|Place of origin||Spain|
|Region or state||Andalusia|
|Main ingredient(s)||Tomato, water, garlic|
|Food energy (per serving)||variable kcal|
Gazpacho (Spanish pronunciation: [ɡaθˈpatʃo]) is usually a tomato-based vegetable soup, traditionally served cold, originating in the southern Spanish region of Andalusia. Gazpacho is widely consumed in Spanish cuisine, as well as in neighboring Portugal, where it is known as gaspacho (Portuguese pronunciation: [ɡɐʃˈpaʃu]). Gazpacho is mostly consumed during the summer months, due to its refreshing qualities and cold serving temperature.
Gazpacho has ancient roots. There are a number of theories of its origin, including as an Arab soup of bread, olive oil, water and garlic that arrived in Spain and Portugal with the Moors, or via the Romans with the addition of vinegar. Once in Spain, it became a part of Andalusian cuisine, particularly Córdoba and Seville, using stale bread, garlic, olive oil, salt, and vinegar, similar to ajoblanco.
There are many modern variations of gazpacho, often in different colors and omitting the tomatoes and bread in favor of avocados, cucumbers, parsley, watermelon, grapes, meat stock, seafood, and other ingredients.
Ingredients and preparation
In Andalusia, most gazpacho recipes typically include stale bread, tomato, cucumber, bell pepper, onion and garlic, olive oil, wine vinegar, water, and salt.
The following is a typical method of preparing gazpacho:
- The vegetables are washed and the tomatoes, garlic and onions are peeled.
- All the vegetables and herbs are chopped and put into a large container (alternatively, the tomatoes may be puréed in a blender or food processor, pounded with a mortar (the traditional way of making it) or strained and de-seeded with a food mill)
- The soaked bread is then added (optional)
- Some of the contents of the container are then blended until liquid, depending on the desired consistency.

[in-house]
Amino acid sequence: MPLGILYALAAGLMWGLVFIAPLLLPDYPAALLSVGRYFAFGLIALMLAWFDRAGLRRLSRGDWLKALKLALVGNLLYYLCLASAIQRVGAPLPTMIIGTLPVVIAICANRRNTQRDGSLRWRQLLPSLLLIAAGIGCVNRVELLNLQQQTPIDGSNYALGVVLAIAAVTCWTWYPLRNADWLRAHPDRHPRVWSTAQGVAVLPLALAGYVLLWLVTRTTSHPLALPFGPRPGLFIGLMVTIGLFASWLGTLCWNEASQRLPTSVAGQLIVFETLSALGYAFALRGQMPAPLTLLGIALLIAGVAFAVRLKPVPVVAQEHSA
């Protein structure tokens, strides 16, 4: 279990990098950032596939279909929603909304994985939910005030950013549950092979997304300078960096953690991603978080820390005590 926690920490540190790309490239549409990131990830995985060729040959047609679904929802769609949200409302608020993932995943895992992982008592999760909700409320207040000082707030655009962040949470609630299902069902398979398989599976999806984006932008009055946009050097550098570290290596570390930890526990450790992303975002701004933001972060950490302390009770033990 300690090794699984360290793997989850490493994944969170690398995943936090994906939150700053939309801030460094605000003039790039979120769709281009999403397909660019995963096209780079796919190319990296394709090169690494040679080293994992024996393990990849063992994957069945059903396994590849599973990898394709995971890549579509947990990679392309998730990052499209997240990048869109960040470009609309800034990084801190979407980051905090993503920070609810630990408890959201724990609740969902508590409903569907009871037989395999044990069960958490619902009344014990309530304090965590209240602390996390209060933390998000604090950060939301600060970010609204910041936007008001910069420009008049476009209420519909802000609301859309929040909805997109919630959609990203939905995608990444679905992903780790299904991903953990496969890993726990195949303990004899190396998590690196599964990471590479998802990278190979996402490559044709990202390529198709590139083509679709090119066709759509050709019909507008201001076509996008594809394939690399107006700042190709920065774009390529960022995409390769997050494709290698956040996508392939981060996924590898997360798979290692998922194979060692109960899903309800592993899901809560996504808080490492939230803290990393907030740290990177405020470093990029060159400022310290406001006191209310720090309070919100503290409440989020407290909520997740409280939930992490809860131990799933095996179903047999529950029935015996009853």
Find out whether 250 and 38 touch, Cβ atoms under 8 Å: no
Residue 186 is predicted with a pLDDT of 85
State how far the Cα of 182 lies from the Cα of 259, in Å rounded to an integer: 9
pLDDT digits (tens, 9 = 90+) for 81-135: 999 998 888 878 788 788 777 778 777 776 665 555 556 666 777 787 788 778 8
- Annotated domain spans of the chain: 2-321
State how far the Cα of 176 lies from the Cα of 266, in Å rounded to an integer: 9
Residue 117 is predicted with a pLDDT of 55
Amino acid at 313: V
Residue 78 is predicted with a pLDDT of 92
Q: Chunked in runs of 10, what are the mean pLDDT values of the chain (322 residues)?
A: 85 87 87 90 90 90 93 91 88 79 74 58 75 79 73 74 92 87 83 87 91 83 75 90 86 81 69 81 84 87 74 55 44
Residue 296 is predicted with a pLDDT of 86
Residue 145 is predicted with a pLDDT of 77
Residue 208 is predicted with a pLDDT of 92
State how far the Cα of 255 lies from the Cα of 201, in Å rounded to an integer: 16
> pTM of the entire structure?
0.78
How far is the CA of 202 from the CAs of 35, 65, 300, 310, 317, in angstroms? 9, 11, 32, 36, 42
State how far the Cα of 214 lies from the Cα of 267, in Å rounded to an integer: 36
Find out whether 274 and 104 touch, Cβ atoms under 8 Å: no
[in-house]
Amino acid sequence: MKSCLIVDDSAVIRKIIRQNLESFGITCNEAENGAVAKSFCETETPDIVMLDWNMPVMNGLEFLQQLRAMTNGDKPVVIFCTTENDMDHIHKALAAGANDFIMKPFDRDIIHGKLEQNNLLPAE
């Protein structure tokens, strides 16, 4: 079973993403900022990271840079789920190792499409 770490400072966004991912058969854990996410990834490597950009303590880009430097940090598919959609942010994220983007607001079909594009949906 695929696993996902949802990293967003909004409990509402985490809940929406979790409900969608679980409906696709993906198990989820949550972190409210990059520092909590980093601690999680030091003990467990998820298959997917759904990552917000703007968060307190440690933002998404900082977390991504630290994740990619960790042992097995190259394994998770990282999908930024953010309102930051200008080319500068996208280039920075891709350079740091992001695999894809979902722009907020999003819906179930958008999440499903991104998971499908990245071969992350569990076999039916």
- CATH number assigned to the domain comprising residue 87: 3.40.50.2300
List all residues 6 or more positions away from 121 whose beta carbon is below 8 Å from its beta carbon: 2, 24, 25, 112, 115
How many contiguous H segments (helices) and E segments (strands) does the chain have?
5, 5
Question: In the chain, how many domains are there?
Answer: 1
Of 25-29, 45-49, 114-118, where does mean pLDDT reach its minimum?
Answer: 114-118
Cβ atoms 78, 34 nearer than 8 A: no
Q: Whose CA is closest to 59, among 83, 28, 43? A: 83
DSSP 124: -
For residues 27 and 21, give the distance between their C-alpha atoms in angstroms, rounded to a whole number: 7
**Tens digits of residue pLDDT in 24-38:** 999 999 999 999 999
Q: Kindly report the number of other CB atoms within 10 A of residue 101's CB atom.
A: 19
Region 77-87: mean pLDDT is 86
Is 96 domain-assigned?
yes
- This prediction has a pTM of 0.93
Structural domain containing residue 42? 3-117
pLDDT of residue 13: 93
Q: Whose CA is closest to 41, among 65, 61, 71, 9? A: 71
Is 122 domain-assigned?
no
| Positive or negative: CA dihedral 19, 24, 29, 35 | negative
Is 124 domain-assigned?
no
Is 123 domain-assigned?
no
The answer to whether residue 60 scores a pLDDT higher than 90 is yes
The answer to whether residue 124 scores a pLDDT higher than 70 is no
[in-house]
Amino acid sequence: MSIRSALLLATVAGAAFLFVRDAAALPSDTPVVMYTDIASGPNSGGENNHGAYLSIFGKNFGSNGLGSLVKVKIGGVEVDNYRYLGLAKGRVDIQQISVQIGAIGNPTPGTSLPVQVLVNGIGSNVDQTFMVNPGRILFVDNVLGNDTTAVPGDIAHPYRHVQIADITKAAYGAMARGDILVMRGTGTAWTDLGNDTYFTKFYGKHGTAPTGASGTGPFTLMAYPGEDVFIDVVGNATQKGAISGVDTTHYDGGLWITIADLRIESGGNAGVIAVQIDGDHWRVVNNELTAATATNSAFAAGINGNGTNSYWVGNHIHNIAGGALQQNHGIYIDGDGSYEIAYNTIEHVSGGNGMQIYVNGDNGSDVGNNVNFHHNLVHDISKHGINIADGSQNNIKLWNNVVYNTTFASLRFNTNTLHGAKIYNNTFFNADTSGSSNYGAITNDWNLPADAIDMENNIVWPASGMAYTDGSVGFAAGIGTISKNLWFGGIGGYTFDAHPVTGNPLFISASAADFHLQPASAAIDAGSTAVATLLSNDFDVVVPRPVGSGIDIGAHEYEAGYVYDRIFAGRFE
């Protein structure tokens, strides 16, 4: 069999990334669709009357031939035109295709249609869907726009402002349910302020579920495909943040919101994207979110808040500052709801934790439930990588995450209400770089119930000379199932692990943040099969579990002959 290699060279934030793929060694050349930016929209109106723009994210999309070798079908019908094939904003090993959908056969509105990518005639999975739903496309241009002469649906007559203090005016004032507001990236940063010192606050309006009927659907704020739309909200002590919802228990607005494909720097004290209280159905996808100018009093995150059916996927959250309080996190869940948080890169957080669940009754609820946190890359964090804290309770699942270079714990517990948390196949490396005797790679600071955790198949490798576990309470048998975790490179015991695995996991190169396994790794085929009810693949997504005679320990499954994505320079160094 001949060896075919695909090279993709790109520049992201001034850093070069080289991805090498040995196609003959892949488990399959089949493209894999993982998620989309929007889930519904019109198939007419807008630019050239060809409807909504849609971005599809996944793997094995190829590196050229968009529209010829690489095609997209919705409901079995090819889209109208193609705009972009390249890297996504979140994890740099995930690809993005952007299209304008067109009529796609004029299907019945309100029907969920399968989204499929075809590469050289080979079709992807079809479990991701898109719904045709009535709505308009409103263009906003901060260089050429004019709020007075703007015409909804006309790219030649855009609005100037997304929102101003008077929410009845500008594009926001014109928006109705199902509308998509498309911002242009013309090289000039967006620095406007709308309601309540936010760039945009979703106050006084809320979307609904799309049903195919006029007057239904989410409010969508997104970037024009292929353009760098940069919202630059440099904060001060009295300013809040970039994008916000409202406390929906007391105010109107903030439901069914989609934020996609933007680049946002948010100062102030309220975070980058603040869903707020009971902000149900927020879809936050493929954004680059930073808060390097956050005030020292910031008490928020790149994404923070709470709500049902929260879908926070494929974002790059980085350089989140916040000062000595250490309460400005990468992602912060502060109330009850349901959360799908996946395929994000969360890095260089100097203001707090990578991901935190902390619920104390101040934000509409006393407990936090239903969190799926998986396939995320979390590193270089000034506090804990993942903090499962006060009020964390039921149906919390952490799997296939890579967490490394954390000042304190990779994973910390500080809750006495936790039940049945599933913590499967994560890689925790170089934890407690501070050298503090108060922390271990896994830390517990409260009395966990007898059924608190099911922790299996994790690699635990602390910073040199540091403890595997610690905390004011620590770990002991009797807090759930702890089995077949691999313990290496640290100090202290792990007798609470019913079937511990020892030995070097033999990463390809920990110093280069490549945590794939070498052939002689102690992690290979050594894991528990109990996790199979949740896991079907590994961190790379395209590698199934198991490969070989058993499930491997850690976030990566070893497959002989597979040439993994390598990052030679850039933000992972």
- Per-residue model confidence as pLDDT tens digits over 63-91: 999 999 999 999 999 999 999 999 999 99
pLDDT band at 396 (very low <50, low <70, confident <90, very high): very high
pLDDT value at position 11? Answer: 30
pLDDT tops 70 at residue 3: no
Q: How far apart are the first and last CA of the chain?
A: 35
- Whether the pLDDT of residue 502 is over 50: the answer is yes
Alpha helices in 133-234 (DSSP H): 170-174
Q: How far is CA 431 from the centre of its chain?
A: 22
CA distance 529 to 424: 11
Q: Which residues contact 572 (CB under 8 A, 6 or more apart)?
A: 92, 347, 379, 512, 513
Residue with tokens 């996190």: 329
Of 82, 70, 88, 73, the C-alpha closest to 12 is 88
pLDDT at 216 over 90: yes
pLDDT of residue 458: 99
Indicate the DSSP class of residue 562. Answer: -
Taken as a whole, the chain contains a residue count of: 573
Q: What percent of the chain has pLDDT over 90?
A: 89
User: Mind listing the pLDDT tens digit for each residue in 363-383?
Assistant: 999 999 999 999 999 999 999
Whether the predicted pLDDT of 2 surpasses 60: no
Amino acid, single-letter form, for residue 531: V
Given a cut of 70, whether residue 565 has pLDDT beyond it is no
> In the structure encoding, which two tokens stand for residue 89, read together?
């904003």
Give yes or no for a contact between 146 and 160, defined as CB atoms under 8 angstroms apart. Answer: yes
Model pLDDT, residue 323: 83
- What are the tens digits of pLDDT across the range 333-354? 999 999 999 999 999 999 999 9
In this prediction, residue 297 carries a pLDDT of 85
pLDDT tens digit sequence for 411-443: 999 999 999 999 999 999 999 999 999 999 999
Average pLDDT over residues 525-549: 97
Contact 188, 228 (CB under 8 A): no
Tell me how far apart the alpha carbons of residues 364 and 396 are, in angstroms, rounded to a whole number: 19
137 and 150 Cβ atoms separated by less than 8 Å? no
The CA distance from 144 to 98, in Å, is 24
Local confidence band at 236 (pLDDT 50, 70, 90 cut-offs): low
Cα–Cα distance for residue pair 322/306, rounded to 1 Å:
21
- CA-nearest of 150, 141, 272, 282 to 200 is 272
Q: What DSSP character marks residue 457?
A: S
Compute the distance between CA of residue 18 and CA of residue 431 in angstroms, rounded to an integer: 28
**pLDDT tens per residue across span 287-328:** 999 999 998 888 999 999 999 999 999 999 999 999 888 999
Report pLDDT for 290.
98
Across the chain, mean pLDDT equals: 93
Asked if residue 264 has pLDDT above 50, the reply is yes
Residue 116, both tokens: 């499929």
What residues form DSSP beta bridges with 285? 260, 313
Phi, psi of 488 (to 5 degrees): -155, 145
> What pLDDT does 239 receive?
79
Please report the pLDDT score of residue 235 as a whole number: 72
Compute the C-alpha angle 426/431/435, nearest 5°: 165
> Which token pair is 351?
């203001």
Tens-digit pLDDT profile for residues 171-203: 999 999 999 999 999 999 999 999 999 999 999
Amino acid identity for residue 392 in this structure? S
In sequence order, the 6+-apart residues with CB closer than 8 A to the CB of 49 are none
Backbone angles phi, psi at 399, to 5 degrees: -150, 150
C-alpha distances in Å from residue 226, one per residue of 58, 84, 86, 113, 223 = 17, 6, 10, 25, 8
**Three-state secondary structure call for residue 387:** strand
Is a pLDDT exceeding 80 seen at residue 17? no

- Chilled water, olive oil, vinegar and salt are then added to taste.
- The remaining contents of the container are added to the liquid, then briefly puréed until there is some texture remaining for garnish. (optional)
- Garnishes may be made with fresh bell pepper slices, diced tomatoes and cucumber, or other fresh ingredients.
Traditionally, gazpacho is made by pounding the vegetables using a mortar and pestle. This method is still sometimes favoured as it helps keep the gazpacho cool and avoids the foam and the completely smooth consistency created by blenders and food processors.
In addition to the blended vegetable ingredients, it is also usually accompanied by different garnishes. These include the same vegetables the soup already contains, chopped up, as well as croutons. The garnishes are served separately so the consumers can add them to the soup themselves. When making the salmorejo variety from Cordoba, chopped hard boiled egg and ham (e.g. jamón serrano, jamón ibérico, etc.) will be placed on top. In Extremadura, gazpacho with local ham is called gazpacho extremeño. This time, the ham tends to be added to the soup in the kitchen prior to serving (unlike the other garnishes which are added at the table).
Gazpacho may also be served with ice cubes if it has not had enough time to chill before serving.
Gazpacho recipes can vary greatly in terms of ingredient composition, texture and viscosity. This usually depends on the geographical location as well as family traditions.
A completely different dish to traditional gazpacho is gazpacho manchego. As the name implies, it seems to have originated from the Spanish region of La Mancha, but it is also popular in other areas in the center and southwest of the country. Rather than a cold soup, it is a meat stew. The main ingredients are rabbit and flat bread, and may also include mushrooms.